Tokyo: Japan on Monday opened its “scientific whaling” season on the north coast of country, during which it expects to capture 51 minke whales.
The season will end late October in the North Pacific and the operation aims to help in the management of maritime resources based on an analysis of the contents from the stomachs of captured whales, said the Japanese Fisheries Agency.
The fleet of fishing boats set sail Monday from the town of Kushiro on the northern island of Hokkaido, and its share of catches will be similar to that of last year, according to the agency, which defends the scientific purposes of the programme, Efe news reported.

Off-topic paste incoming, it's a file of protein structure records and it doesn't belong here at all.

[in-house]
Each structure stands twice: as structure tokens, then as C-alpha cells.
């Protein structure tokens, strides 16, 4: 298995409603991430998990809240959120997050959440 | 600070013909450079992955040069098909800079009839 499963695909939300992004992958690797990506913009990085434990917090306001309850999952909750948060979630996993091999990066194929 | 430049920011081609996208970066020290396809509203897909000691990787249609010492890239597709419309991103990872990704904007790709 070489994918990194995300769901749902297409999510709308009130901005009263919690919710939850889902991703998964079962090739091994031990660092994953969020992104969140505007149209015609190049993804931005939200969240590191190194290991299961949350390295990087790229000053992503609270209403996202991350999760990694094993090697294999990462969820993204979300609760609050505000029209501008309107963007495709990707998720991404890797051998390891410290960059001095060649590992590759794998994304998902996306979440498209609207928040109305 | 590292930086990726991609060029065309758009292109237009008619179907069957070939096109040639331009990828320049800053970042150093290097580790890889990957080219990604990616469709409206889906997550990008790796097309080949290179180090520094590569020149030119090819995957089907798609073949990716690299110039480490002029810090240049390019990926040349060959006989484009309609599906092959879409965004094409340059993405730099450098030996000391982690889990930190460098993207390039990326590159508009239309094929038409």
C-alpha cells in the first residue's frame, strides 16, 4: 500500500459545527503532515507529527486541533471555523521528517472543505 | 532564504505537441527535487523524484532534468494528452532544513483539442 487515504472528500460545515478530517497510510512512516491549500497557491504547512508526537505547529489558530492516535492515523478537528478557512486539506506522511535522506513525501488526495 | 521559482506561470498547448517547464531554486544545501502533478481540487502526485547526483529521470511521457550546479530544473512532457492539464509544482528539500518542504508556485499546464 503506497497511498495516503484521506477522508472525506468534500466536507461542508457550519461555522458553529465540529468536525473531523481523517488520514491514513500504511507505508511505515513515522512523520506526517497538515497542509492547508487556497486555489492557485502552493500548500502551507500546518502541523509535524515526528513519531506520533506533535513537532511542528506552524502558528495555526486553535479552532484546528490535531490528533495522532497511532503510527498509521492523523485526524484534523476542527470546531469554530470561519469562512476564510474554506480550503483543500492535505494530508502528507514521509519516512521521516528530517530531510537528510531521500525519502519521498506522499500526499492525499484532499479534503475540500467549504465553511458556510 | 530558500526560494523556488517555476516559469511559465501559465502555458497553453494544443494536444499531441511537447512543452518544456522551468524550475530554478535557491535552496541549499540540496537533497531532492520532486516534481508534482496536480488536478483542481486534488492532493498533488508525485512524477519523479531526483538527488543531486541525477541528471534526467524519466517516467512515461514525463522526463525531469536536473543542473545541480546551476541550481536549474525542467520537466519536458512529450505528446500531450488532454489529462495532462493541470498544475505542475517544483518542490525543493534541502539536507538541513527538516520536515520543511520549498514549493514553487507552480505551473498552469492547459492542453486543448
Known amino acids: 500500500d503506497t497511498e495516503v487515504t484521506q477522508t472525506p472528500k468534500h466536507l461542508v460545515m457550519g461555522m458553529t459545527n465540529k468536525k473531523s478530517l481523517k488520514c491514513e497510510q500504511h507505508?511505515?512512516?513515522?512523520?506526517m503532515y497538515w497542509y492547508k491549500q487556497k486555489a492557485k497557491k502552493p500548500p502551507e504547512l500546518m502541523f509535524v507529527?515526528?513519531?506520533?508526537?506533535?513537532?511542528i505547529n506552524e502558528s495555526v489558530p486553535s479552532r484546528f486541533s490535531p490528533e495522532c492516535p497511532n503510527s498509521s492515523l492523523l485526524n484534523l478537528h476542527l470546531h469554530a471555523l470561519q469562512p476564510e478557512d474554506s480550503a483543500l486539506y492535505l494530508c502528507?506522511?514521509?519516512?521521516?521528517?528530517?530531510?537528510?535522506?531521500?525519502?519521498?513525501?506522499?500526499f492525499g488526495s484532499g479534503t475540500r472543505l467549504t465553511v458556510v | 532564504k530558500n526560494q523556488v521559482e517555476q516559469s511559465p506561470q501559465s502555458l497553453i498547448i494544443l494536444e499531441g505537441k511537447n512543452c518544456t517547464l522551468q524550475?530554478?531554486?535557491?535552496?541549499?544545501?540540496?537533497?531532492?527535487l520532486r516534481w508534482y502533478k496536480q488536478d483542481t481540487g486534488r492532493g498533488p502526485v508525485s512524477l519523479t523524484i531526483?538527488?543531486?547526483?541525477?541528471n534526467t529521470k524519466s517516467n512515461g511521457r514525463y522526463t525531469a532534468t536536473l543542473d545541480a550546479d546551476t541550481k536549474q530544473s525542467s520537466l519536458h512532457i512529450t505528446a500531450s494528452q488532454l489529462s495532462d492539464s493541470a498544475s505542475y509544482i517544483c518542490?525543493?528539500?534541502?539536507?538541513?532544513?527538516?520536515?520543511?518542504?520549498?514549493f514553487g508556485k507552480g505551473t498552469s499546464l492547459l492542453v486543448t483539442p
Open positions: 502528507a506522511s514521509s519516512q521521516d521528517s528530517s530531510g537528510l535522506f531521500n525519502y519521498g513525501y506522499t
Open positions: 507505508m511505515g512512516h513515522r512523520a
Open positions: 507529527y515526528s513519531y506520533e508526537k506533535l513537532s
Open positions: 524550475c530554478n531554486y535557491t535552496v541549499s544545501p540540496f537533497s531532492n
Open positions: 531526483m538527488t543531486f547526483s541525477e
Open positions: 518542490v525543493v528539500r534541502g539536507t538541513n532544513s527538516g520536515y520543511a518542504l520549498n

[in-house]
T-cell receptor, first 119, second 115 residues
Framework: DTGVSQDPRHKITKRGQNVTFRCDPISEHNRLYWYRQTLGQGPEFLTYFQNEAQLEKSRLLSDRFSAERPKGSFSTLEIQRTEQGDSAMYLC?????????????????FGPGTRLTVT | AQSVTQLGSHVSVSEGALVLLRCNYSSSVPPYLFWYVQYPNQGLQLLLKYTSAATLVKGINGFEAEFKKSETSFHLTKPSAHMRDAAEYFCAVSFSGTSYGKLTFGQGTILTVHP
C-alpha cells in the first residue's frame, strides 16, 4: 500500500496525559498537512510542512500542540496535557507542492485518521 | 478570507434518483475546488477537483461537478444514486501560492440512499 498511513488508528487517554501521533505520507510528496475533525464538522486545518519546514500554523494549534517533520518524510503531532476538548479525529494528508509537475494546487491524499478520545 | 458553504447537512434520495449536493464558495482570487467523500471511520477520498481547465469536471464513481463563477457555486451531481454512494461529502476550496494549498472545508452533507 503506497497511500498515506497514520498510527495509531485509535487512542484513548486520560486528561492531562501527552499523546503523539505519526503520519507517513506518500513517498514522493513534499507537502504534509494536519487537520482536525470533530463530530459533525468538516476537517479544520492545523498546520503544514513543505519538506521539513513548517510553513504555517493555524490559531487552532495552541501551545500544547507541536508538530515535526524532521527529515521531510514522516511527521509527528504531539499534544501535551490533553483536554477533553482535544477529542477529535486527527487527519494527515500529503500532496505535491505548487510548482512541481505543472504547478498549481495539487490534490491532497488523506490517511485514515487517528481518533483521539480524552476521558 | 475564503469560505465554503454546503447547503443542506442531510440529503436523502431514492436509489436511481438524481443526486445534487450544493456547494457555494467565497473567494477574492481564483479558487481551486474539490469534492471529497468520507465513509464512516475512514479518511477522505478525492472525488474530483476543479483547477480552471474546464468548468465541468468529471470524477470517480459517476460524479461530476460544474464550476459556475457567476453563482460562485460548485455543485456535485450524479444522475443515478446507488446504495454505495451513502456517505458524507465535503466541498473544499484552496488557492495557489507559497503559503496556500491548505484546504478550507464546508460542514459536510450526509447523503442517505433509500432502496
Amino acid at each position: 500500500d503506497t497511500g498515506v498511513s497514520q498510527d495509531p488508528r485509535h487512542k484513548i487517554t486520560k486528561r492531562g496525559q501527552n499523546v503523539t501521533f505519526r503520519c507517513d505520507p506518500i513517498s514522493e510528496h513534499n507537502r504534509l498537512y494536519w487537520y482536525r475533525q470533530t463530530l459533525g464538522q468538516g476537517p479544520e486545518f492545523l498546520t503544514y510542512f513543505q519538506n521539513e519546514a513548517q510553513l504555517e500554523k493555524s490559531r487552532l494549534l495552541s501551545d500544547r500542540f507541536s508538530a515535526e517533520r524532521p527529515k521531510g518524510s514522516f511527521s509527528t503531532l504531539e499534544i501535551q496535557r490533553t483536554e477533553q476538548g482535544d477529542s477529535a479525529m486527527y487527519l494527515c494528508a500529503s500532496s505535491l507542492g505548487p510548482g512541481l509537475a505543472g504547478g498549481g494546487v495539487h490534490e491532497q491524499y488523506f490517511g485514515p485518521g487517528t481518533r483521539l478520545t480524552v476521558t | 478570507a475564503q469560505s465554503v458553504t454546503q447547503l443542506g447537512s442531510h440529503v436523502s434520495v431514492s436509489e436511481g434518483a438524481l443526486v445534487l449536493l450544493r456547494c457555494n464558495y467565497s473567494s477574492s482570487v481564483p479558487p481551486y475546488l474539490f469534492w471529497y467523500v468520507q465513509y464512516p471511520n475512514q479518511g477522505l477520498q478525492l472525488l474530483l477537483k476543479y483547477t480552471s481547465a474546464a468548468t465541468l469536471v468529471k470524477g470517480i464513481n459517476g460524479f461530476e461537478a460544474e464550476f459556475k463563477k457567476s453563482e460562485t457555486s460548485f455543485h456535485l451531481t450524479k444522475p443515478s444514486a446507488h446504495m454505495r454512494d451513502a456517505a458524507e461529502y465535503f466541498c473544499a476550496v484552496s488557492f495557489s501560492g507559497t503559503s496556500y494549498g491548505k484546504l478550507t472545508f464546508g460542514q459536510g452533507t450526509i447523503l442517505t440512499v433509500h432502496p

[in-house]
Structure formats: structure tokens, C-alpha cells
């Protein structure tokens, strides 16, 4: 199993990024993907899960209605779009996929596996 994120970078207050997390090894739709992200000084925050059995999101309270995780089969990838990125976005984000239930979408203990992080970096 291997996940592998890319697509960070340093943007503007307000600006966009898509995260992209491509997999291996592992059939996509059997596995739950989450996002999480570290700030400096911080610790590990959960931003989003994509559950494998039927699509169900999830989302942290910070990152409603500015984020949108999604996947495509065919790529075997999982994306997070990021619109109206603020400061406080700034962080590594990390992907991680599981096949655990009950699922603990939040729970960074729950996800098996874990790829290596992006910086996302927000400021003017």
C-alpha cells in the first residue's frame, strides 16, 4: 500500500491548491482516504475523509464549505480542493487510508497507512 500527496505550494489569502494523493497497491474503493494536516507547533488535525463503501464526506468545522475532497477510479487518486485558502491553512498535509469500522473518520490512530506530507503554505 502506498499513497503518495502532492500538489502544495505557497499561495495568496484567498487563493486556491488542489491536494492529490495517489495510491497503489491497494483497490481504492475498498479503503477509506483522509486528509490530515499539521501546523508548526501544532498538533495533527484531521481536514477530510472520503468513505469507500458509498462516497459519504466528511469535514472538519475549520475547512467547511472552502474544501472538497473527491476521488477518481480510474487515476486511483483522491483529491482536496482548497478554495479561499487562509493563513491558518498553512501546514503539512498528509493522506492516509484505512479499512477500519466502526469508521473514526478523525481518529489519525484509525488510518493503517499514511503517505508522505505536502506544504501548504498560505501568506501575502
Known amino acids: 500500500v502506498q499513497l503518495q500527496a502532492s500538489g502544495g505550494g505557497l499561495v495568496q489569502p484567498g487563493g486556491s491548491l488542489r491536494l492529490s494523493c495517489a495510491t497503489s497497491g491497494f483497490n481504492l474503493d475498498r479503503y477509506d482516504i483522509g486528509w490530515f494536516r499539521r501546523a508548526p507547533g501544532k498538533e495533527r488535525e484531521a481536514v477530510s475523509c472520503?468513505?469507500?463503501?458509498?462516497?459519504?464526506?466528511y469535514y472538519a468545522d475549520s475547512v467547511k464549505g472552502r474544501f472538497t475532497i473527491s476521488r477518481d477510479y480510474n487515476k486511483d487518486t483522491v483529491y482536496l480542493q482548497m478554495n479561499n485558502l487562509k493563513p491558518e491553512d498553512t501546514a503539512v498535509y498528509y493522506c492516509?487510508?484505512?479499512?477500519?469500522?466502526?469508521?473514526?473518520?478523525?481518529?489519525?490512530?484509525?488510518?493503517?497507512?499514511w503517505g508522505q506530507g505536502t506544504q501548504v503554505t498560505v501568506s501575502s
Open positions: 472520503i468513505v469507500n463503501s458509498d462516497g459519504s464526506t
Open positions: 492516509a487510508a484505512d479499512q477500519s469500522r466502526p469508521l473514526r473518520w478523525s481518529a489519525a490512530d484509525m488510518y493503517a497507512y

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However, the activity has been much criticised by the international community, who suspect it to be covert commercial fishery, since the meat of the whales is later sold.
In March 2014, the International Court of Justice ruled that a similar programme that Japan was carrying out in Antarctica was illegal and not in keeping with “scientific purposes” established by the International Whaling Commission.
Although the sentence has not affected its other scientific programme in the North Pacific nor the commercial catches along its coasts, Tokyo had decided to cut down the volume of the catch.
The country is also set to review its whaling programme in the North Pacific in November.
(Latest News in English from Newsx)